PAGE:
Okay, to give the wax some credit,
I was not smart enough to think this through when I applied the dark wax to the table top.
I was very impatient, after all this was a new to me table that I purchased to have just in time for Christmas dinner and gatherings. I needed it finished, and I needed it done in one day.
HAHA! My one weakness 😉
Here is the dark wax finish.....So beautiful and so soft and that is what I forgot!
So soft that when hot stuff comes in contact with wax bad stuff happens!
So here are the original Marketplace pics. I didn't realize how scratched up the surface was until hubby brought it home. I knew that I wanted to darken the top and paint the legs anyway, so I decided to strip and sand it down. After all Christmas was just around the corner. Our other table was 3' x 6' and this one measures 3'8" x 6' with (2) 18" leaves to go on either end, giving us so much more room for guests to sit and food to be placed on the table.
I finished the top in one day! I was so excited!
I could wait until after January to paint the legs now that the top was beautiful!
I was so foolish (still am).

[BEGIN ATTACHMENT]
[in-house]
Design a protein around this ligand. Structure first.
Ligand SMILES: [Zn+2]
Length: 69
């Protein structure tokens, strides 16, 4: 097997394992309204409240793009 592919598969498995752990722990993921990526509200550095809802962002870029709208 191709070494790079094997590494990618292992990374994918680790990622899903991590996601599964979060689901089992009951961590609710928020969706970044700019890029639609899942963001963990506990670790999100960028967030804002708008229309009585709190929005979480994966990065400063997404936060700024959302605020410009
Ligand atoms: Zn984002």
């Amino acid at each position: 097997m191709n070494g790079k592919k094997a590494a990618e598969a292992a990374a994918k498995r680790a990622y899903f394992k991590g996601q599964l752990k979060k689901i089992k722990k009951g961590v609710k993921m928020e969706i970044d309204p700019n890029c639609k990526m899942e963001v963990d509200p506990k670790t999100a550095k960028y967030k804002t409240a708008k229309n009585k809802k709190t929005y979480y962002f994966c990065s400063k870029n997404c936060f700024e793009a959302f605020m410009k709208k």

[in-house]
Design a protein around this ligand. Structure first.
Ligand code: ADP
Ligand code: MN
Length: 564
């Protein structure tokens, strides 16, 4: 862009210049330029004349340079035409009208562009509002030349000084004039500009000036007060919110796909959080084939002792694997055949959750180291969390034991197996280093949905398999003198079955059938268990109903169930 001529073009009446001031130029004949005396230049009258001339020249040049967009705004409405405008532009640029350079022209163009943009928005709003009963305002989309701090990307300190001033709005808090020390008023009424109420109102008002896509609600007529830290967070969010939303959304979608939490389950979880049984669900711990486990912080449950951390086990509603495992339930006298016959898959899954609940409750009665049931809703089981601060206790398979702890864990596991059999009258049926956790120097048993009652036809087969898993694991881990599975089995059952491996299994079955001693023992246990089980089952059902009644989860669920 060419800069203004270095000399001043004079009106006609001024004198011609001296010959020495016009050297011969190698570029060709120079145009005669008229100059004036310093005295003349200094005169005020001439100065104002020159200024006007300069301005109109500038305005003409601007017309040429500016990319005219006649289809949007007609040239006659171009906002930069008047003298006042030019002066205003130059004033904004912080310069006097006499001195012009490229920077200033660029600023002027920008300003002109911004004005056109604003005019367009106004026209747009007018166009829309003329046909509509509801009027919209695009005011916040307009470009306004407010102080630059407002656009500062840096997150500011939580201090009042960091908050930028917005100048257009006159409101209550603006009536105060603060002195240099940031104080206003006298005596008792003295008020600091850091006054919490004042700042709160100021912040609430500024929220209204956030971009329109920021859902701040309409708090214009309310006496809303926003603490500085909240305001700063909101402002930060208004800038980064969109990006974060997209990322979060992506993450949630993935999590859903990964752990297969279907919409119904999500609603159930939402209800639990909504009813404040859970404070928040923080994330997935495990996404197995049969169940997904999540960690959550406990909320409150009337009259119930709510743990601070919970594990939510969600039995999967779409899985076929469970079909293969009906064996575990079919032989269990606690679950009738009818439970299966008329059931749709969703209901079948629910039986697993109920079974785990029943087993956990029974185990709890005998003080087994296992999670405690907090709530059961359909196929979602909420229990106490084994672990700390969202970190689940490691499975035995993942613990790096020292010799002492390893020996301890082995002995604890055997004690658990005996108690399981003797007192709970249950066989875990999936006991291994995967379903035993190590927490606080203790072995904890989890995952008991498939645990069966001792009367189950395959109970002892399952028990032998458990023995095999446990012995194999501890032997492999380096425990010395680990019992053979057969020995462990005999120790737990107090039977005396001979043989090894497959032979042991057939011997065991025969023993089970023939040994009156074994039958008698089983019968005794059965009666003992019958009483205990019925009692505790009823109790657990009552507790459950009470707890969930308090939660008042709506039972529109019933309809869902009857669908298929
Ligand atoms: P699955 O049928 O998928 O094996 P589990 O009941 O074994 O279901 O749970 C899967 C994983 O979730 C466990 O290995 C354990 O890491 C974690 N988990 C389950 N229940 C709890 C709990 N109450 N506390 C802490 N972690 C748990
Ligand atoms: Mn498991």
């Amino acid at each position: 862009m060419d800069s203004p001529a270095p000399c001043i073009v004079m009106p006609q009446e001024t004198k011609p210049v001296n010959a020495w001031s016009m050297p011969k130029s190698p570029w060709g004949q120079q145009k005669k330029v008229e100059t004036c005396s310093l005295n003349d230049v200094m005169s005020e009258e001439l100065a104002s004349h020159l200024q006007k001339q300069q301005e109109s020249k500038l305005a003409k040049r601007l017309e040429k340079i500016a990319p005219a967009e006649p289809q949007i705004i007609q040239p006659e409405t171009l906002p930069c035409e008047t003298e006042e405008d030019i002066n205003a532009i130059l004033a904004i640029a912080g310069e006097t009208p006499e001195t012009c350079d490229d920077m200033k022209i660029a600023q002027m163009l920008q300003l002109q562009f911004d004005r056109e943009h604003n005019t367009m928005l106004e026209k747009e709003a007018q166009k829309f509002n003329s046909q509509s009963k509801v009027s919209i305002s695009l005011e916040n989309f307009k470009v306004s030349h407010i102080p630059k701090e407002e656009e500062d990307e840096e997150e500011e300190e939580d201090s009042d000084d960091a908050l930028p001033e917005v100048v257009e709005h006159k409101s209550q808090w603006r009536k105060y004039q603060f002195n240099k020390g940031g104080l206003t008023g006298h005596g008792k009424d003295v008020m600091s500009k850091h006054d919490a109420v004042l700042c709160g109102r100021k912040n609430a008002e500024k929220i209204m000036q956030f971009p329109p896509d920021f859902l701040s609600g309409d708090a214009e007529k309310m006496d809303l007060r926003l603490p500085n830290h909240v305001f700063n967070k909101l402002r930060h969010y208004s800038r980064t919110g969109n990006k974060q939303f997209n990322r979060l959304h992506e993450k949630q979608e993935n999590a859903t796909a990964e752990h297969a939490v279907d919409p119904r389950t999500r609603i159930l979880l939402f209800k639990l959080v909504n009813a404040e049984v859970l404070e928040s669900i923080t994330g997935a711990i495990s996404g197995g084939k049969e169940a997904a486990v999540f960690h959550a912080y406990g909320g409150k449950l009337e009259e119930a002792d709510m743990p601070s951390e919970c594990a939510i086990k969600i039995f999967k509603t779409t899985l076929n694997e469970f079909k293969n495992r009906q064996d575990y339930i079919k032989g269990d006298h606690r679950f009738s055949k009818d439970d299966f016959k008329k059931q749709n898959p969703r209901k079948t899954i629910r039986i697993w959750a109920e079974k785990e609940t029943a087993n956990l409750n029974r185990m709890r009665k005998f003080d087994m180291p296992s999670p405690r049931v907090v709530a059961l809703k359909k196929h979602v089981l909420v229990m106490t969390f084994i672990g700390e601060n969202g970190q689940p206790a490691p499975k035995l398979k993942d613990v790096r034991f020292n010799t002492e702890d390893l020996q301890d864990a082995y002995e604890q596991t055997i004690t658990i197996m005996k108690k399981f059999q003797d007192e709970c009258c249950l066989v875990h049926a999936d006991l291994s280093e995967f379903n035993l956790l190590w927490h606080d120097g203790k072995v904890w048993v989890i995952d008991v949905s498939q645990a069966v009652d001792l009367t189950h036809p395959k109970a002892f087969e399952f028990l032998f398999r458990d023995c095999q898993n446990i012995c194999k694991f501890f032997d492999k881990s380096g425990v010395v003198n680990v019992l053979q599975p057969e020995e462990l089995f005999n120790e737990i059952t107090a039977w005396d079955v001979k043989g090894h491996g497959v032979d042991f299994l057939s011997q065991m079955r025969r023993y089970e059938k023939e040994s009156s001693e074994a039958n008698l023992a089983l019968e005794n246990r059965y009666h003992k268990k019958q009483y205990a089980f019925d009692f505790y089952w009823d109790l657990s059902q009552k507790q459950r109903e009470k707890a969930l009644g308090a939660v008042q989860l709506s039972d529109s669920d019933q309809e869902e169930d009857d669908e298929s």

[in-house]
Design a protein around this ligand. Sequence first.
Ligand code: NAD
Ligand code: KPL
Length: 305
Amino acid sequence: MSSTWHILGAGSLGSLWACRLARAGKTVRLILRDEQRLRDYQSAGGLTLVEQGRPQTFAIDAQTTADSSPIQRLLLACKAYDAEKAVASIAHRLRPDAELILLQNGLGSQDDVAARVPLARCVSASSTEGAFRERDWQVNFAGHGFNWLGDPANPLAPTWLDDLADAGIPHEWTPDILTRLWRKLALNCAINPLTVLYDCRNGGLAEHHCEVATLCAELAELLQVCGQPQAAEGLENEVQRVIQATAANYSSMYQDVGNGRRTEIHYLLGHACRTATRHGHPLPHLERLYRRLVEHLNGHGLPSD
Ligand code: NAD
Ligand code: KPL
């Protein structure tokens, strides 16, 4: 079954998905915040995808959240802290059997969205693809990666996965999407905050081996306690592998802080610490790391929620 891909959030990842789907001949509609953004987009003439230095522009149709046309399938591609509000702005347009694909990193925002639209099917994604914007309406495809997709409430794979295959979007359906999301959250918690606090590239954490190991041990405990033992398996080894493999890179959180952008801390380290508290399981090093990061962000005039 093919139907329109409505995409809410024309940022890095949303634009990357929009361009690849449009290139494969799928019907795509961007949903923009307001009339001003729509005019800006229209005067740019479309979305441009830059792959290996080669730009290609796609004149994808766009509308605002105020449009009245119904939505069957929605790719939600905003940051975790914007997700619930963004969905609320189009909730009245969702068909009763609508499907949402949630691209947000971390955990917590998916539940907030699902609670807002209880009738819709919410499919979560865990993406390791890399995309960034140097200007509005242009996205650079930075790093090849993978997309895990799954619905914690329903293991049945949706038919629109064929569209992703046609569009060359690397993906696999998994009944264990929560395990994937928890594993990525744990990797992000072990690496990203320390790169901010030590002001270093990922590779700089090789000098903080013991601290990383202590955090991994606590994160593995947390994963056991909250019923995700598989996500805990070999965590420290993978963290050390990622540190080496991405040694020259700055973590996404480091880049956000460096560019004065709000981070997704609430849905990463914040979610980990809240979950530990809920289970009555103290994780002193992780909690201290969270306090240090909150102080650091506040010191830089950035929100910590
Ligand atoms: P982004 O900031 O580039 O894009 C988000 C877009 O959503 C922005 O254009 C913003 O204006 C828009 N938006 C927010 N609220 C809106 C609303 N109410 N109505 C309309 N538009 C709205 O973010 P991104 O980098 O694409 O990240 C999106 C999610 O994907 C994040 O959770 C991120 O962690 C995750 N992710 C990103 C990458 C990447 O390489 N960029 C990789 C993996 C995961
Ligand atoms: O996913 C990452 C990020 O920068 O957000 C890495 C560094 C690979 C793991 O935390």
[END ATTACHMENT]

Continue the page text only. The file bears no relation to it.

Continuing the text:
Wax is not a good finish on surfaces that are used with hot dishes,
plus I did not allow any curing time for the wax or any other finish.
After Christmas I decided that I like the darker Espresso stain vs the Oak or early American stain that I had.
I stripped it again, sanded, and this time stained the top.
I added poly and let it cure for the time it was to cure. (Good Girl!)
Here are the different stages it went through.
I painted the bottom of the table in Annie Sloan's Graphite; I only used dark wax over the Graphite.
Here it is how it looks today.
The poly still chipped and bubbled at spots, which never happened to me before.
I was wondering if it had something to do with the stripper I used.
I did clean it with mineral spirits before applying the stain.